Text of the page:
Final fundraising stretch for conversion of old Calgary office building into affordable housing

CALGARY –

After being stripped right down to its concrete walls, the work to turn an old office building in Calgary into affordable housing is well underway.

The Sierra Place building on the corner of 7th Ave and 6th St. SW sat vacant for nearly two years, but come this time next year, the space will reopen as a family emergency shelter, childcare centre and 82 units of affordable housing.

“For us, this project is critical for our city. We can see what’s happening in our downtown core and many of our vulnerable individuals and families are in and around the downtown core,” said Bernadette Majdell, the CEO of HomeSpace.

“The transformation of this space will be similar to the transformation of the lives of the families we serve as they move in less than a year from now,” she said.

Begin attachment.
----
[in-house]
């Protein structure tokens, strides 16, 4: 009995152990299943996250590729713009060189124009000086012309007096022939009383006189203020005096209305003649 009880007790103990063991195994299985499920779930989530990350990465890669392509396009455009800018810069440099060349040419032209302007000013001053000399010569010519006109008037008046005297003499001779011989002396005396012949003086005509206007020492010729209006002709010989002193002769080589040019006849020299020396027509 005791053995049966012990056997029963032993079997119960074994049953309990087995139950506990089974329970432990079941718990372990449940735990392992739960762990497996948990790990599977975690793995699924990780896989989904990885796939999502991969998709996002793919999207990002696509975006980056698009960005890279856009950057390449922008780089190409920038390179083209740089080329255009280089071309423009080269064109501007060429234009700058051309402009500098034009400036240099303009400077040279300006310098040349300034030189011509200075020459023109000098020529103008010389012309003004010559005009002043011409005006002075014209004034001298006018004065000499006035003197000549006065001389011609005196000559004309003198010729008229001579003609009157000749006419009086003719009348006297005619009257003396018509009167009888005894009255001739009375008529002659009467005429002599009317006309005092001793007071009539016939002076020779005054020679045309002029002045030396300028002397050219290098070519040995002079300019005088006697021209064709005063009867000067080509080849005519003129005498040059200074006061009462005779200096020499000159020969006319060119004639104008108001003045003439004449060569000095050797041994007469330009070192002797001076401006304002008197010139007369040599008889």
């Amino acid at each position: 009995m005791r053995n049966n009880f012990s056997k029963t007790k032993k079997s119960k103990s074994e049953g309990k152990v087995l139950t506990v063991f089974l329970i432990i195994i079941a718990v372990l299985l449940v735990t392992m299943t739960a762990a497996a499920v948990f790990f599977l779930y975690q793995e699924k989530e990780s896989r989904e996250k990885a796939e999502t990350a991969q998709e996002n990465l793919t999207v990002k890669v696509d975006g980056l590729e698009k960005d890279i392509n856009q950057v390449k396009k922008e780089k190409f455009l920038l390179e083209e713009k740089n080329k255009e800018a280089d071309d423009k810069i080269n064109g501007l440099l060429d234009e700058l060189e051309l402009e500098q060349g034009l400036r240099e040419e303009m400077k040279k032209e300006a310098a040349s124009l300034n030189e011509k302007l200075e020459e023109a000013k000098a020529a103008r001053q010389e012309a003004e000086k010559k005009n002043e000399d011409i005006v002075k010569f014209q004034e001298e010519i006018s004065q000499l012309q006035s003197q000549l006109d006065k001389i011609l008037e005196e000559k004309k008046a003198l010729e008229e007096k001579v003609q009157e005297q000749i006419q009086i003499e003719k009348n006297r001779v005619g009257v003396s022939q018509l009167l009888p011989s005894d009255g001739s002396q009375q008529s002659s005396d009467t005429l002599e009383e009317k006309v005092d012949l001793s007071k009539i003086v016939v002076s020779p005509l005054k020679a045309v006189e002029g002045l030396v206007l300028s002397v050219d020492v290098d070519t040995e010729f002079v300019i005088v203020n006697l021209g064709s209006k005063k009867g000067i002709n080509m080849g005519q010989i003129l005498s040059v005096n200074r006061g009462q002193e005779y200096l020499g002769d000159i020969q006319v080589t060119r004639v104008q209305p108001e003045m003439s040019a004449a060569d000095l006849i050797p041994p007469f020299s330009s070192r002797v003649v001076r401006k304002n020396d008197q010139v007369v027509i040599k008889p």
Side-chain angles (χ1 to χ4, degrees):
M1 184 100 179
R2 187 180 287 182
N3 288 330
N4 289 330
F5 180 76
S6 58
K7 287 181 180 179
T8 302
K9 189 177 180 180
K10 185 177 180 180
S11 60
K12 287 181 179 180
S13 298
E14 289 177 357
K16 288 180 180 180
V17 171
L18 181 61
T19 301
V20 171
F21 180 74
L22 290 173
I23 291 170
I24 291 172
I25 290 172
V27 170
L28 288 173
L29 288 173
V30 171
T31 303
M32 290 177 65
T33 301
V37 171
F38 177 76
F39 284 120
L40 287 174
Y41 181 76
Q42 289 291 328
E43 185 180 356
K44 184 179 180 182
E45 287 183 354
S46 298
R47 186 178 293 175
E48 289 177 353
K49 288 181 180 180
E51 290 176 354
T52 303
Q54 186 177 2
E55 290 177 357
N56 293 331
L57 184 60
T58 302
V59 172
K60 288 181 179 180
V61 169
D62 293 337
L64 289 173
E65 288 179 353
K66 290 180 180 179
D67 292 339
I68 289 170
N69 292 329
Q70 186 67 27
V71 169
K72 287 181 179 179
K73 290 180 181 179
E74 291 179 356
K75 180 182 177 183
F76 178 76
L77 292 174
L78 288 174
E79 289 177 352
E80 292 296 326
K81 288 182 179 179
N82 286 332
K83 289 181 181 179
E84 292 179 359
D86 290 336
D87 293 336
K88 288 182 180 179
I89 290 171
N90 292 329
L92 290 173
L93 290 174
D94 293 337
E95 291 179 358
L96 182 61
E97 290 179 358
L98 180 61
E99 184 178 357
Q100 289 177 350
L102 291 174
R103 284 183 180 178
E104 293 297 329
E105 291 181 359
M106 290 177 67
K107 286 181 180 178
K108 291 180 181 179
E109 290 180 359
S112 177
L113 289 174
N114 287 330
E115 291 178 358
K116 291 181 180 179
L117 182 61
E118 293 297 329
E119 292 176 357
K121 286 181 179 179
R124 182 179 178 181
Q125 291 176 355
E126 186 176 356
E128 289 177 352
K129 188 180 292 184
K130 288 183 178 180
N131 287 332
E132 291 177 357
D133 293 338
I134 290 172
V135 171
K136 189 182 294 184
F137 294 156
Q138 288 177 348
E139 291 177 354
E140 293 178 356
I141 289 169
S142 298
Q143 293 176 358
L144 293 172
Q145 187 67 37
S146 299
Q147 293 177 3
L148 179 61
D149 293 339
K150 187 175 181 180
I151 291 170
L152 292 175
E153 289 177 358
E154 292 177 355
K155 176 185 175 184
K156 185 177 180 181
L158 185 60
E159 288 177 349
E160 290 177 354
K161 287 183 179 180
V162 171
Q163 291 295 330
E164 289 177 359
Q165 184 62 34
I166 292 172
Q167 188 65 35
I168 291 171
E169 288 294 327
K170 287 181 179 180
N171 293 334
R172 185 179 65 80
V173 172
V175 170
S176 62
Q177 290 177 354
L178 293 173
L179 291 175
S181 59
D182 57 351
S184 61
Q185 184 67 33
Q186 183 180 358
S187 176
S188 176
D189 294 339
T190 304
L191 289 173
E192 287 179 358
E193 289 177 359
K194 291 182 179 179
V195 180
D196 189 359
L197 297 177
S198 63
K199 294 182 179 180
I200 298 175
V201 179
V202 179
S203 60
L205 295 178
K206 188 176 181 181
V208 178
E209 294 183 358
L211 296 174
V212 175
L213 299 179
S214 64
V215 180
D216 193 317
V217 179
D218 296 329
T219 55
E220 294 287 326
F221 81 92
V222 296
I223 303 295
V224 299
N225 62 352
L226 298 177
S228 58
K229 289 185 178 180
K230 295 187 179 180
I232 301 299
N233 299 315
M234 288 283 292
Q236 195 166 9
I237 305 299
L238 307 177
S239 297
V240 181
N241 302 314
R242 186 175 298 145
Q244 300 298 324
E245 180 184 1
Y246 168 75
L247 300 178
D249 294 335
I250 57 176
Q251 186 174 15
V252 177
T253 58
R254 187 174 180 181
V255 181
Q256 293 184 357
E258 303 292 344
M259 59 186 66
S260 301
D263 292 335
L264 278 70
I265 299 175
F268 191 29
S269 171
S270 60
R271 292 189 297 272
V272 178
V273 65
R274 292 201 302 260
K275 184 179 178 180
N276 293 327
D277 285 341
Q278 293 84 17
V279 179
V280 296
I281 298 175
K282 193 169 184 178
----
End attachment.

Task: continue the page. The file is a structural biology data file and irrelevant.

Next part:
The $30 million project is a partnership between HomeSpace, Inn from the Cold and the City of Calgary. Most of the project’s cost has been covered by the city, corporate partners and private donors — but the group needs $6.5 million to finish off construction.

The demand for emergency housing and affordable housing has increased in Calgary recently, the group says, with Inn from the Cold helping 1,611 family members last year, including 967 children.

“We see it every day in our shelter. Families coming to us for various reasons: financial crisis, personal crisis, health crisis,” said Heather Morley with Inn from the Cold.

The Sierra Place building on the corner of 7th Ave and 6th St. SW sat vacant for nearly two years, but come this time next year, the space will reopen as a family emergency shelter, childcare centre and 82 units of affordable housing.

“We don’t want full shelters. The last place a child should ever be is in a shelter. So, a project like this… we’re standing in what will eventually be a three-bedroom apartment,” she said.

The conversion also helps tackle another of Calgary’s issues: a high downtown office vacancy rate that is reaching 30 per cent.

“It’s part of the larger downtown strategy, which council passed just this past year. We’ve created a number of incentive programs to help encourage more residential construction and conversion from buildings downtown,” said Bruce Irvine, the city’s manager of affordable housing.

You can find out more information about the project and donate online here.

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